The bakonzo are the indigenous tribe on the foothills of Rwenzori Mountains. It is an ethnic tribe that extends up to Congo, with the majority of their tribesmen living across the boarder; called the Banande. The bakonzo people have a custom of living on the hills. They do all their works up there from farming, grazing, building and some times hunting in those old days.
Visitors to the Rwenzori Mountains always ask how the people build hoses, farm or climb these mountains throughout their life. If you ever wondered how the Bakonzo people cook their daily meals, then here is an opportunity for you to learn and even participate in cooking one or several of their meals. It is all organized in this out-of-the-world cooking experience with the indigenous tribe members.
The Bakonzo being more attached to Congo than to Uganda, their food, dances, language and all other life aspects differ a lot from those of other tribes in Uganda. Their food is unique too. You will understand why doing this cooking experience and other activities. In this 2-5 hour coming experience, the guest will learn how to grow harvest, prepare, cook and eat one local meal. The prices for the experience includes eating on the meal for your lunch/ dinner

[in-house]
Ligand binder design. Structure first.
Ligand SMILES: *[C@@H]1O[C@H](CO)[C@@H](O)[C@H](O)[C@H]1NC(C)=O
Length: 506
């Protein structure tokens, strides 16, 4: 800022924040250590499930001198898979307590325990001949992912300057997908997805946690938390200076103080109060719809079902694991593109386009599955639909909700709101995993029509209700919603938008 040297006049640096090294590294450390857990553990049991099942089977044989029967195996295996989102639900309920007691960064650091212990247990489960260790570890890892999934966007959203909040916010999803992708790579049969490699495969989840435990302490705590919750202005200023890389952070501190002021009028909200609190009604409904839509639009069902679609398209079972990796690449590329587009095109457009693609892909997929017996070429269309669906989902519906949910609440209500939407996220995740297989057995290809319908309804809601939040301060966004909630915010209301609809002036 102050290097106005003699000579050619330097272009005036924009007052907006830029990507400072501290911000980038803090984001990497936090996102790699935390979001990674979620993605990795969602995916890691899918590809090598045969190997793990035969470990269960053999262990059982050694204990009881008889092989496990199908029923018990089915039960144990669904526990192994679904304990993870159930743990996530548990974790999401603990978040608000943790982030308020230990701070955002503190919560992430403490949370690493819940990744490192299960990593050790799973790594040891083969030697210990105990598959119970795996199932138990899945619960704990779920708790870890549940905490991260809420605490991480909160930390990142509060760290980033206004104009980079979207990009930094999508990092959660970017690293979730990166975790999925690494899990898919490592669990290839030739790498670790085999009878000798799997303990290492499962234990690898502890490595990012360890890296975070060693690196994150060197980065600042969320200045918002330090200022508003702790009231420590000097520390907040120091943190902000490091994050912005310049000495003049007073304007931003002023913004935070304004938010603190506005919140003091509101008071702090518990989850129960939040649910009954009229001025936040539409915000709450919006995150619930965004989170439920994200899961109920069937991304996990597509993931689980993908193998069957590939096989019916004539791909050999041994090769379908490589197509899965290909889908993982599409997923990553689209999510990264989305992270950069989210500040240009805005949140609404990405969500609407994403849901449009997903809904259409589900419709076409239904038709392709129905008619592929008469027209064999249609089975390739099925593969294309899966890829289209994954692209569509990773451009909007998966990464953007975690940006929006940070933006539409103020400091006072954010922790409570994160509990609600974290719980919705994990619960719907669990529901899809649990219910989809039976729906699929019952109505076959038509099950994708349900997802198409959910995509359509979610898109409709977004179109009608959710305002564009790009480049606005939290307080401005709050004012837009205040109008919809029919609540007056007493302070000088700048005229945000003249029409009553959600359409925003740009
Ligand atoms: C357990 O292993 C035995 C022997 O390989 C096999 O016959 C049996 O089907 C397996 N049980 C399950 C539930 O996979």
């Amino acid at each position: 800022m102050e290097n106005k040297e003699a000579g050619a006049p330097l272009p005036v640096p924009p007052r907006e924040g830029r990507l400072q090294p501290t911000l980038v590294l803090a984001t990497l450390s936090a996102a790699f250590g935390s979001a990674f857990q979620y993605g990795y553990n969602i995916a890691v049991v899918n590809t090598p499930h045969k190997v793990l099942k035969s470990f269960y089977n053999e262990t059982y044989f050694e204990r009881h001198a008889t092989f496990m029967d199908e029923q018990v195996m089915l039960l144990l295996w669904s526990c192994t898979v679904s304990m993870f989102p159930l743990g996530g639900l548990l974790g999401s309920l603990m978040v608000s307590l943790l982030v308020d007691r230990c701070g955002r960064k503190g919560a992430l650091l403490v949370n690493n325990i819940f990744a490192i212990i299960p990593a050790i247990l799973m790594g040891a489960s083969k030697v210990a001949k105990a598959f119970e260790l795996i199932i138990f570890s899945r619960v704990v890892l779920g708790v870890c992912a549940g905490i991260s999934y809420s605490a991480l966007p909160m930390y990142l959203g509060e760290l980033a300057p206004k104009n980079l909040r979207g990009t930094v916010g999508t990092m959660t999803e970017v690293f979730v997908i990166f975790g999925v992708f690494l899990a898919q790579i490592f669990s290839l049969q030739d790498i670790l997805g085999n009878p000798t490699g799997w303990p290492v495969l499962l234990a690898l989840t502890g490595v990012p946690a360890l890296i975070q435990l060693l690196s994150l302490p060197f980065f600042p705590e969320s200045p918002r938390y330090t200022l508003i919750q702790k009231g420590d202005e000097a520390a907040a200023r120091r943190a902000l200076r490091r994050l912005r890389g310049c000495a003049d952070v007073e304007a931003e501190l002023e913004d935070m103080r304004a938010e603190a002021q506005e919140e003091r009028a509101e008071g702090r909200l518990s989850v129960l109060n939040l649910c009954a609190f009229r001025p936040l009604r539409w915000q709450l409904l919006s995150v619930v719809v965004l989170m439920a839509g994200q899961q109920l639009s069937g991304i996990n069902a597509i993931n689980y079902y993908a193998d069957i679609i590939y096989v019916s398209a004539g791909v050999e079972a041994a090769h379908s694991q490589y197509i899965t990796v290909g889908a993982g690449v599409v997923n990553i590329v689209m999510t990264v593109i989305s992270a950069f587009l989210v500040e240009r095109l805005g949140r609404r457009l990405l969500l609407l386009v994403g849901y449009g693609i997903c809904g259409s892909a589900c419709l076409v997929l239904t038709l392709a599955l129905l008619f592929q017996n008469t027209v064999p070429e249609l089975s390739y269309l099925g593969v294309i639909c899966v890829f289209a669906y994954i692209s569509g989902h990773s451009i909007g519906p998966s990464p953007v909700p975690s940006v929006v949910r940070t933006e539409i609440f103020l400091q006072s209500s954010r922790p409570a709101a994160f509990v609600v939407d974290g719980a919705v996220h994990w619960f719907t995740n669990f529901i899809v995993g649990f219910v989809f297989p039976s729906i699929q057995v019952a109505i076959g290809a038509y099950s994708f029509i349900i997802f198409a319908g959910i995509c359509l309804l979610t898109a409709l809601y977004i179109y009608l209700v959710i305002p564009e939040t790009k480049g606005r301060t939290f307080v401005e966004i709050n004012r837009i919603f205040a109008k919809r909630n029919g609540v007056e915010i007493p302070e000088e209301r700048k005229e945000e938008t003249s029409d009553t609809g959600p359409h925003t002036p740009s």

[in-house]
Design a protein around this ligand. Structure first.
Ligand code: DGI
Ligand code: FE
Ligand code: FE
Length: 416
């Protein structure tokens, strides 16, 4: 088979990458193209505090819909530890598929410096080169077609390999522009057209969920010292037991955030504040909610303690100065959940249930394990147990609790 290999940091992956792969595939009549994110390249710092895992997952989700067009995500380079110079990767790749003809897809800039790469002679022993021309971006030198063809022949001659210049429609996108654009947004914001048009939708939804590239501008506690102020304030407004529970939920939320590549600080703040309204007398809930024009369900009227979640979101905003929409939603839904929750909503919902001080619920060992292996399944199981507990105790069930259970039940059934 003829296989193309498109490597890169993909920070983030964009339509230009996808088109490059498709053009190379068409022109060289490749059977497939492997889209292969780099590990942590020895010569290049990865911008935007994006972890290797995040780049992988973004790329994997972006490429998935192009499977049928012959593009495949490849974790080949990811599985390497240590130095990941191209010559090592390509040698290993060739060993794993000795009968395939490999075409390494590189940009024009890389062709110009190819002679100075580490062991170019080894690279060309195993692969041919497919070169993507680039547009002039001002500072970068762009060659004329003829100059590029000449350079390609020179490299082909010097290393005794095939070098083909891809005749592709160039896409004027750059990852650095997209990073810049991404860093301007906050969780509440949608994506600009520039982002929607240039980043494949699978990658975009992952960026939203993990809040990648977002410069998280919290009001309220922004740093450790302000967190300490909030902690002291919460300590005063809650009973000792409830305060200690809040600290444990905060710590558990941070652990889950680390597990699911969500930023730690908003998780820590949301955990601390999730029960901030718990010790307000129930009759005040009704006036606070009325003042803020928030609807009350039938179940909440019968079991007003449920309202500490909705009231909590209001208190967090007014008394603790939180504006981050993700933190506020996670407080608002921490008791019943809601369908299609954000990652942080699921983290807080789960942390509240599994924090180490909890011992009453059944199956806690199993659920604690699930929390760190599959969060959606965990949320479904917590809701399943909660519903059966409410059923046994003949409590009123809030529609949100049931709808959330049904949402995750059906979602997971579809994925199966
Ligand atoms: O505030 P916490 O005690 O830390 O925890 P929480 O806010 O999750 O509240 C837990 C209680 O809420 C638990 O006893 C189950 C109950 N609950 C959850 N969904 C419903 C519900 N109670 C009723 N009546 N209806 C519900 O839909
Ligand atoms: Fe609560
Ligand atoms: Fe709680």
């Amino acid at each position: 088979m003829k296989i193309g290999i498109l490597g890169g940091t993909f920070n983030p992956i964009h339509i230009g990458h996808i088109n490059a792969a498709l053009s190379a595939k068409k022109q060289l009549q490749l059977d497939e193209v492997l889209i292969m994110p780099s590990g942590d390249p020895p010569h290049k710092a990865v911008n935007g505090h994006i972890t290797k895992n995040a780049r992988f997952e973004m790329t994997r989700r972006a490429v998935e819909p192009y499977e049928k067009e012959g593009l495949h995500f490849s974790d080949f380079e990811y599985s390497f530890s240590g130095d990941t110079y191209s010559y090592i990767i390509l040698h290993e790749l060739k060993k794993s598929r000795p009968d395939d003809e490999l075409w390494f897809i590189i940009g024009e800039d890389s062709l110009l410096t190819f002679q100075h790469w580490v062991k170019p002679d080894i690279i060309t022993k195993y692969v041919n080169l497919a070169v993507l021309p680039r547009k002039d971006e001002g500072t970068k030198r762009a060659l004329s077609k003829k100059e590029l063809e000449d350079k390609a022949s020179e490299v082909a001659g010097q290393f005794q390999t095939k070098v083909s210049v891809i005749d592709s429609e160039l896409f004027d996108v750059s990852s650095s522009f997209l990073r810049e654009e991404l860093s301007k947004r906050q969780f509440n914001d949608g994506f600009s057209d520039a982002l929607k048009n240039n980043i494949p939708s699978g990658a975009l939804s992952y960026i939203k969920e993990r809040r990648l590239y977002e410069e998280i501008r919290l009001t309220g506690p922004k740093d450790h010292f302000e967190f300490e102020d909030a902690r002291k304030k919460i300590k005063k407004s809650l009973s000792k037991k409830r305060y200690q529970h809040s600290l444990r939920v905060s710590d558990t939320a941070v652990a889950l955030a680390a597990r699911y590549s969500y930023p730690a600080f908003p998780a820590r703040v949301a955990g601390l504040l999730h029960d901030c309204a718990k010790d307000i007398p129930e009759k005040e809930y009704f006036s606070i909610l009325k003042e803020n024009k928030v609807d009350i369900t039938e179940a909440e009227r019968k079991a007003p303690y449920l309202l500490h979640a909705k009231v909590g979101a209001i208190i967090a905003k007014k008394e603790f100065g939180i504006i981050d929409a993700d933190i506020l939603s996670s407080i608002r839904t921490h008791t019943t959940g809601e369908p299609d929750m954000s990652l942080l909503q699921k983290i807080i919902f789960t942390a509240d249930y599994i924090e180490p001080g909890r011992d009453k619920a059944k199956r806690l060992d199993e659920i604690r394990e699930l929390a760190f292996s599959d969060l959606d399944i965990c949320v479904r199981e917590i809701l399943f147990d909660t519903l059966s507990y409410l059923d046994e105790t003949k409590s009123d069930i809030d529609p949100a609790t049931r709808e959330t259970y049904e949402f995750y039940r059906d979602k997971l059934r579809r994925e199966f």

So you know, I want to give you the following hints, so that you have an idea on the Bakonzo foods before participating in the tour.
The staple foods for Bakonzo are;
And the common sauces are;
- Sombe, (cassava leaves sauce)
- Instant beans sauce,
- Erisusa (yams leaves sauce)
- Fish (from the mountain rivers and lakes in the lowlands)
- Esishogho (black night shade)
As the culture has evolved and there has been exchange between other cultures, the Bakonzo now eat all other foods including the rice, Irish potatoes, maize, G-nuts, other fruits and vegetables. As you interact with the local people during the experience, you will also learn that the Bakonzo used to have original varieties of these other foods that were accustomed to growing in the hills without application of chemicals. However, these varieties are no longer common. The local people now depend on growing improved varieties.
None the less, the Bakonzo still attempt to grow most of their food ingredients. With the effects of climate change, some ingredients that cant grow locally at the homes are bought from the next villages or local markets. very little on their daily menu is imported from other countries.